Fig. 4. Composition of the “Plan” screen.

(2) Do (What are we doing now?)

By introducing unified management of free-format information that was previously conveyed by phones (oral communication), white boards, and the like in field operations, we can provide status checks and displays based on an operational flow defined as an SOP so that the state of progress can be rapidly ascertained. The way in which this information is used is thought to differ according to the characteristics of the incident. For example, in the case of a natural disaster, a huge amount of work is created at the time of the incident, so it is important to support viewpoints that prevent leakage of shared information. In the case of cyber-attacks, however, small-scale events have to be dealt with on a daily basis, so it is thought to be necessary to support objectives such as increasing the efficiency of progress management and optimizing the control of access to shared information.

(3) See (What is happening now?)

An overall view of the damage situation and response status is facilitated by presenting information in the form of maps and dashboards. When complex crises occur, there will be a need for information presentation methods that can provide a joint overview of the current situation to the organizations responding to each incident.

5. Future prospects

At NTT’s laboratories, in addition to advancing our R&D aimed at achieving joint risk management by solving the above issues, we aim to enable the NTT Group to provide total risk management and incident response solutions that facilitate efficient cooperation between organizations by allowing existing NTT Group products to cooperate with the products of other vendors that conform to a wide variety of standard specifications. We will also make use of this technology and other incident response know-how cultivated by the NTT Group in order to contribute to the realization of a society resilient to disasters.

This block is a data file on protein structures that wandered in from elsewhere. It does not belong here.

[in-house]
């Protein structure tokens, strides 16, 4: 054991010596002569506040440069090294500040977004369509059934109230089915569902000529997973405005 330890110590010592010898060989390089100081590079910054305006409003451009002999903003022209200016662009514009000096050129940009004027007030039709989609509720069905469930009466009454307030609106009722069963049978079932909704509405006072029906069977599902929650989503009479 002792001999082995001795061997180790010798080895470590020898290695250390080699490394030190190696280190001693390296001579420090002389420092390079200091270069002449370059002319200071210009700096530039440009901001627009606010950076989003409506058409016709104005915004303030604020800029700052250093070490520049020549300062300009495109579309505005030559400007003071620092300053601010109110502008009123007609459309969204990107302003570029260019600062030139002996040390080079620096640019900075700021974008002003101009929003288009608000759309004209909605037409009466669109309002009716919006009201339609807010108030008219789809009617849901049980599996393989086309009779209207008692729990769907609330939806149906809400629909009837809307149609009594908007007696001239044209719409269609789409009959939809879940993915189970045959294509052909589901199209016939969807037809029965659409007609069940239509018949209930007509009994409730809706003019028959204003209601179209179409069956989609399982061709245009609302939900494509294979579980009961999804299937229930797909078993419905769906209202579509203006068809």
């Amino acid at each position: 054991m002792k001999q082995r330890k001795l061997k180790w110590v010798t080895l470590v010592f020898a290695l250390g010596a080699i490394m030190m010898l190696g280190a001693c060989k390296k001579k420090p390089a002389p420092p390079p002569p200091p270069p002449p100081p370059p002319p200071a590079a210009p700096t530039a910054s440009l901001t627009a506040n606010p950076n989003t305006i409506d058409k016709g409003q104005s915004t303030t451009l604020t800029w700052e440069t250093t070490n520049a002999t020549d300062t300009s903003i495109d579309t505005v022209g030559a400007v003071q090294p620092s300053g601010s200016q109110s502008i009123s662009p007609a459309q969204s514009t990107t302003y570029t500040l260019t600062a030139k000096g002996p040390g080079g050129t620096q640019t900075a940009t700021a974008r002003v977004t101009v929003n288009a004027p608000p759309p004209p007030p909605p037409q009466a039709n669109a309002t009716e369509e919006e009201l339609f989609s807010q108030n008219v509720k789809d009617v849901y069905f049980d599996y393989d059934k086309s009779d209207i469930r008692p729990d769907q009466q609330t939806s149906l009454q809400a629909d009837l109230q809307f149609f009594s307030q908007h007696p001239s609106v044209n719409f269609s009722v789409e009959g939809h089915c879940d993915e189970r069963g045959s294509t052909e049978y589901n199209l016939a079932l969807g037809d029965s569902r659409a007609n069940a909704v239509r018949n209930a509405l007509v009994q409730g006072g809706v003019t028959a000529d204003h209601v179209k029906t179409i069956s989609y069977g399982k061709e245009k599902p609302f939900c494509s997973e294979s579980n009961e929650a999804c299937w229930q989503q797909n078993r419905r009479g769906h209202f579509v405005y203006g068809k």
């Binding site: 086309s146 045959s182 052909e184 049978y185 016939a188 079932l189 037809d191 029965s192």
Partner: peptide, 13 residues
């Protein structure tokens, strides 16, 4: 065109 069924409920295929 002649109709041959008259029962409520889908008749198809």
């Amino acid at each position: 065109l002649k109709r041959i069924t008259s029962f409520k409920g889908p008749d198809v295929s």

[1] M. Higashida, N. Kosaka, and Y. Maeda, “A Comparison of Approaches to Incident Response in Japan and the United States and an Introduction to the International Standard ISO 22320,” NTT Technical Review, Vol. 11, No. 6, 2013.
[2] National Center of Incident Readiness and Strategy for Cybersecurity, “Cybersecurity Strategy (Draft Plan),” May 2015 (in Japanese).
[3] N. Kosaka, A. Koyama, F. Ichinose, T. Kokogawa, Y. Maeda, H. Sakuma, T. Nozaki, M. Wada, N. Sakai, T. Nishimura, M. Sugiyama, M. Zusho, M. Osada, and K. Minowa, “An Emergency Management Support System Using WebEOC,” NTT Technical Journal, Vol. 27, No. 3, pp. 55–58, 2015 (in Japanese).
Tomohiro Kokogawa
Senior Research Engineer, Security Risk Management Project, NTT Secure Platform Laboratories.